Rosemary Clooney Mass is Friday in Maysville
'Girl singer,' 74, got start on WLW-AM as a teenager
By John Kiesewetter, firstname.lastname@example.org, The Cincinnati Enquirer - Tuesday, July 02, 2002
Services for Rosemary Clooney,the singer who died Saturday of lung cancer at her Beverly Hills home, have been set for Wednesday in California and Friday in her hometown of Maysville, Ky.
A rosary service will be 7 p.m. Wednesday at the Church of the Good Shepherd in Beverly Hills.
A Mass of Christian burial will be 10 a.m. Friday at St. Patrick's Church, Maysville.
That's where Ms. Clooney, 74, was baptized, made her first Holy Communion, and married former Hollywood dancer Dante DiPaolo in 1997.
A memorial service will follow immediately in St. Patrick's Cemetery chapel. She will be buried next to family members.
Ms. Clooney started her 57-year show business career in 1945, singing with her younger sister, Betty, on WLW-AM. Later that year, the Clooney Sisters toured with Tony Pastor's orchestra.
In 1951, as a solo act, she recorded Come On-A My House, the first of her five No. 1 hit records that decade.
In 1953, Maysville honored Ms. Clooney with a parade for her movie debut, The Girls are Singing, at the Russell Theatre in downtown Maysville. Within a month, she was featured on the cover of Time magazine.
In the summer of 1953, she married actor Jose Ferrer. Although they had five children in five years, she continued to perform, record albums and host a national TV show.
White Christmas the 1954 film in which she starred with Bing Crosby, Danny Kaye and Cincinnati native Vera-Ellen has become a holiday TV staple. She also starred in Here Come the Girls (1953) with Bob Hope, who would be a life-long friend; Red Garters (1954) with Gene Barry and Buddy Ebsen; Deep In My Heart (1954) with Mr. Ferrer; and the Radioland Murders.
Ms. Clooney's career was marked by several comebacks. She had a nervous breakdown after witnessing her friend Robert Kennedy's assassination in 1968, and didn't resume performing until 1974. She signed with the Concord Jazz label in 1977, making 24 albums in 21 years.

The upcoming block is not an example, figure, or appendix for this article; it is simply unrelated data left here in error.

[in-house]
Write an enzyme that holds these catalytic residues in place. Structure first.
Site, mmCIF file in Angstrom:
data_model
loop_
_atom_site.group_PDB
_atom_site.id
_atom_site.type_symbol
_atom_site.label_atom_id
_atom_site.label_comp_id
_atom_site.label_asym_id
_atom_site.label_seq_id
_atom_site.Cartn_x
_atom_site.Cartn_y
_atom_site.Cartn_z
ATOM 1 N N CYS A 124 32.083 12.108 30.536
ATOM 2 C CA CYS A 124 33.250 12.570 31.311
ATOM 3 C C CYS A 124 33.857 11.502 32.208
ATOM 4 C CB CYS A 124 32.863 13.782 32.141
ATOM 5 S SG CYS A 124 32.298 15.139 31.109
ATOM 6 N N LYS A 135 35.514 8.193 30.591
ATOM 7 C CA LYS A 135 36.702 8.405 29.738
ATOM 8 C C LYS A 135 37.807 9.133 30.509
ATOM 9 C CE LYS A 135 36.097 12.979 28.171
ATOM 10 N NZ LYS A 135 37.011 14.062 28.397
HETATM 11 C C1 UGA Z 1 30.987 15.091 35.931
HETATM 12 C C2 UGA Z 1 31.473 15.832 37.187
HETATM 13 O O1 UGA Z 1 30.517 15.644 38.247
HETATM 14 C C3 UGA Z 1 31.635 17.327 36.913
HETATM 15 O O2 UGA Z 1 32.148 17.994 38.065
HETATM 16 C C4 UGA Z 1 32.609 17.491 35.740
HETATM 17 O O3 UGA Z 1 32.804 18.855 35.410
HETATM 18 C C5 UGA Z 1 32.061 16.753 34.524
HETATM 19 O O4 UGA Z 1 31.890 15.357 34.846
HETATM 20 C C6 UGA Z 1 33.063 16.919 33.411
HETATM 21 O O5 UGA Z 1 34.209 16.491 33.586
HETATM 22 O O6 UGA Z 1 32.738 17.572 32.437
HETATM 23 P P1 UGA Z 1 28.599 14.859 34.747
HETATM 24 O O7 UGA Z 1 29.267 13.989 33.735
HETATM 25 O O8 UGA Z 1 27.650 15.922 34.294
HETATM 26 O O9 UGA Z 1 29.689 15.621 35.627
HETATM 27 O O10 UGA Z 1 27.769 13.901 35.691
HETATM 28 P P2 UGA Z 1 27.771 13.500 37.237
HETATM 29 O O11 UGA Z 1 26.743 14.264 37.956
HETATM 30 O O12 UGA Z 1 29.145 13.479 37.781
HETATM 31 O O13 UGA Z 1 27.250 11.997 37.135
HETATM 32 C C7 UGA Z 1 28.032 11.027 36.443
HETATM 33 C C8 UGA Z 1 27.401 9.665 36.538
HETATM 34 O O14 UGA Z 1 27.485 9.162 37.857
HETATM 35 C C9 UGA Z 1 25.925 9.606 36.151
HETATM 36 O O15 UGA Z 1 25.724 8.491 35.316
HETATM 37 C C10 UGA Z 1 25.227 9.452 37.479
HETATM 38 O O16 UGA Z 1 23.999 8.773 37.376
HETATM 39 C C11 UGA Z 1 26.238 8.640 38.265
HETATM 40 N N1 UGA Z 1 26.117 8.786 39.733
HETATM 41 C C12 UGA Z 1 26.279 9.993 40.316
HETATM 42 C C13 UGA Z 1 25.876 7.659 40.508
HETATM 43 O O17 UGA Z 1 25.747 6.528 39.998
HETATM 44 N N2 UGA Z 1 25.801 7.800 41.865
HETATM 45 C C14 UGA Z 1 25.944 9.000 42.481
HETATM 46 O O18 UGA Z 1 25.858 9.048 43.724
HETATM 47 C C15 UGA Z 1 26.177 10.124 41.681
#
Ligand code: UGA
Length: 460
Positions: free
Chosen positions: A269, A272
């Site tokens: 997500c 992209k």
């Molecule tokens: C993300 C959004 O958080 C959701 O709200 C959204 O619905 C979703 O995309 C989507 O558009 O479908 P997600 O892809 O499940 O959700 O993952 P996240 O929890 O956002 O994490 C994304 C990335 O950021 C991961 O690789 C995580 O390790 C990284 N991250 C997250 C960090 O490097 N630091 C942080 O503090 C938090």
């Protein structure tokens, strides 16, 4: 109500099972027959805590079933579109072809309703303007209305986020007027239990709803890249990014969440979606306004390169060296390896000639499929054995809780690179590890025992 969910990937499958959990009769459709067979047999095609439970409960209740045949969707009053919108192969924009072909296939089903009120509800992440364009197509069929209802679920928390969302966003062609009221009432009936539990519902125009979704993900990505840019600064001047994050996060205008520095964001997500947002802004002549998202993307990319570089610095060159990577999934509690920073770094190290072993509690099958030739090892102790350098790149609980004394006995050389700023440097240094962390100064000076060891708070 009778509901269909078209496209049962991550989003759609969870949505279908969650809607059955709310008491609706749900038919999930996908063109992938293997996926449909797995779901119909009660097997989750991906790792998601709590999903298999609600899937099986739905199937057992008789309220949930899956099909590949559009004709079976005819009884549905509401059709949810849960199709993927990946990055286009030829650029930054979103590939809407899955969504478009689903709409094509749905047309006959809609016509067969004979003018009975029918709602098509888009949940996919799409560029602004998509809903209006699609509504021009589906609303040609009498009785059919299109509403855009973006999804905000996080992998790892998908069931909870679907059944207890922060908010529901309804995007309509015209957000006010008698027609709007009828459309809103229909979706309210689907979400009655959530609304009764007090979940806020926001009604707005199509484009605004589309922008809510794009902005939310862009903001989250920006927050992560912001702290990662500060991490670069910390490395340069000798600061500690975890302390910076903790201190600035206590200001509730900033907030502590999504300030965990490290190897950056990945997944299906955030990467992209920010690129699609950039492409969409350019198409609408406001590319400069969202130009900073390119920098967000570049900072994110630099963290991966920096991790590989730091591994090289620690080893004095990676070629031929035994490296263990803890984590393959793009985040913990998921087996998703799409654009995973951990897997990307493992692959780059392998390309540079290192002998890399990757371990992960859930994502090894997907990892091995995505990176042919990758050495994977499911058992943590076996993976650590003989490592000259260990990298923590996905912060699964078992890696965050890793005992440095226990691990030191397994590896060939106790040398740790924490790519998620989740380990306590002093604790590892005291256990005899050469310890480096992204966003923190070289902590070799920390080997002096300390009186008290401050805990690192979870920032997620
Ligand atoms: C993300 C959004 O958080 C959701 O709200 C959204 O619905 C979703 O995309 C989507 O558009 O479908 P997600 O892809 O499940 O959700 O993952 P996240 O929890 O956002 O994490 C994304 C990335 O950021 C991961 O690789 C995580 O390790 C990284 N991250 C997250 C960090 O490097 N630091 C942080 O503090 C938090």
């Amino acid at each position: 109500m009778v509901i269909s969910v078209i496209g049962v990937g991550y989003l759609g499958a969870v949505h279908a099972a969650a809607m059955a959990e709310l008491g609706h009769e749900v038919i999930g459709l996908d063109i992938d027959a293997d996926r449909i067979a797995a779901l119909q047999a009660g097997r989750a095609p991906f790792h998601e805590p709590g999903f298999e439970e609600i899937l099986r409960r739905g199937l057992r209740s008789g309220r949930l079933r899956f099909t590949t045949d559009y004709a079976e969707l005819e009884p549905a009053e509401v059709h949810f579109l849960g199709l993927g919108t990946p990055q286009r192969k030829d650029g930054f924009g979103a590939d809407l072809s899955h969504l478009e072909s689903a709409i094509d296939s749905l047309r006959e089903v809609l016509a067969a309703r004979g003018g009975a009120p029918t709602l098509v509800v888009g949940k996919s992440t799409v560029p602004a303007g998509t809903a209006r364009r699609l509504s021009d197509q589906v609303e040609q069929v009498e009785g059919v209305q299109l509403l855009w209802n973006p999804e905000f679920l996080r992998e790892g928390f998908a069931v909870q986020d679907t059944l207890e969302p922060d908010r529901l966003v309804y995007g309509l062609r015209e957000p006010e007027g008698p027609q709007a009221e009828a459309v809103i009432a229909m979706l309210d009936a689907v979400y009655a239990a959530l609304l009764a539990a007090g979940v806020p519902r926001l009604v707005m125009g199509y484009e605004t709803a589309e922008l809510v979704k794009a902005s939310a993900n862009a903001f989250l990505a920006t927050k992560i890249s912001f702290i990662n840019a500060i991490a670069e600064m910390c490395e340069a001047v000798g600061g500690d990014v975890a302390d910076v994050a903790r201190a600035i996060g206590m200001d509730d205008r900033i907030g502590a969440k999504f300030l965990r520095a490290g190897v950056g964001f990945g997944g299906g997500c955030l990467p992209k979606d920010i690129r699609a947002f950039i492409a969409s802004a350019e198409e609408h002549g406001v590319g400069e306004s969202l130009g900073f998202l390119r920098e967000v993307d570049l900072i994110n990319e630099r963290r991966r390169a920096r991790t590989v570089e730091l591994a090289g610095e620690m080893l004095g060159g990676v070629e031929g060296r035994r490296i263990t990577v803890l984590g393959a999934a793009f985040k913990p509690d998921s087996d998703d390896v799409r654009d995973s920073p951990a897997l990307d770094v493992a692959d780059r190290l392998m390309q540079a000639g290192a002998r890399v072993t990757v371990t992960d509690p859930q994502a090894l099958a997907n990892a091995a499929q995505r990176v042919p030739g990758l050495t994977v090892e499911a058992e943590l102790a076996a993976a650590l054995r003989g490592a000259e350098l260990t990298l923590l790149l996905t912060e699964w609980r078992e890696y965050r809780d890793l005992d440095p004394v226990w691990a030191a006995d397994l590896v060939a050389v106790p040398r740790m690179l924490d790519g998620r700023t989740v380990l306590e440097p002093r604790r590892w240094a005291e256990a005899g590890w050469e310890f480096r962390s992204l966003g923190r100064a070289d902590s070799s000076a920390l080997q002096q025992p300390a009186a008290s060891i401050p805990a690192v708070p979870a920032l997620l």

She wrote about her personal struggles with prescription drugs in her auto biography, This for Remembrance (1977), which became a CBS movie, Rosie: The Rosemary Clooney Story, in 1982.
In 1998, she spent three days in a coma with a near-fatal bout of viral meningitis. But she returned to the stage and wrote another book, Girl Singer: An Autobiography.
In February, she was honored with a Lifetime Achievement Award at the 2002 Grammy Awards. Her son, Miguel Ferrer, accepted the award while she was recovering from lung cancer surgery at the Mayo Clinic.
Her sister Betty died of a brain aneurysm in 1976.
Survivors include: her husband, Mr. DiPaolo; five children in the Los Angeles area: Miguel Jose Ferrer, Maria Providencia Ferrer-Murdock, Gabriel Vincente Ferrer, Mosita Teresa Ferrer-Botwick, and Rafael Francisco Ferrer; a brother, local broadcaster Nick Clooney of Augusta, Ky.; a sister, Gail Stone Darley of Los Angeles; and 10 grandchildren.
Memorials may be sent to: Betty Clooney Foundation for Persons with Brain Injury, 4426 Village Road, Long Beach, CA 90808; the St. Patrick School Fund, 318 Limestone St., Maysville, KY 41056; or the Rosemary Clooney Fund for Support of Pulmonary Research, Mayo Clinic, 200 First St. S.W., Rochester, MN 55905.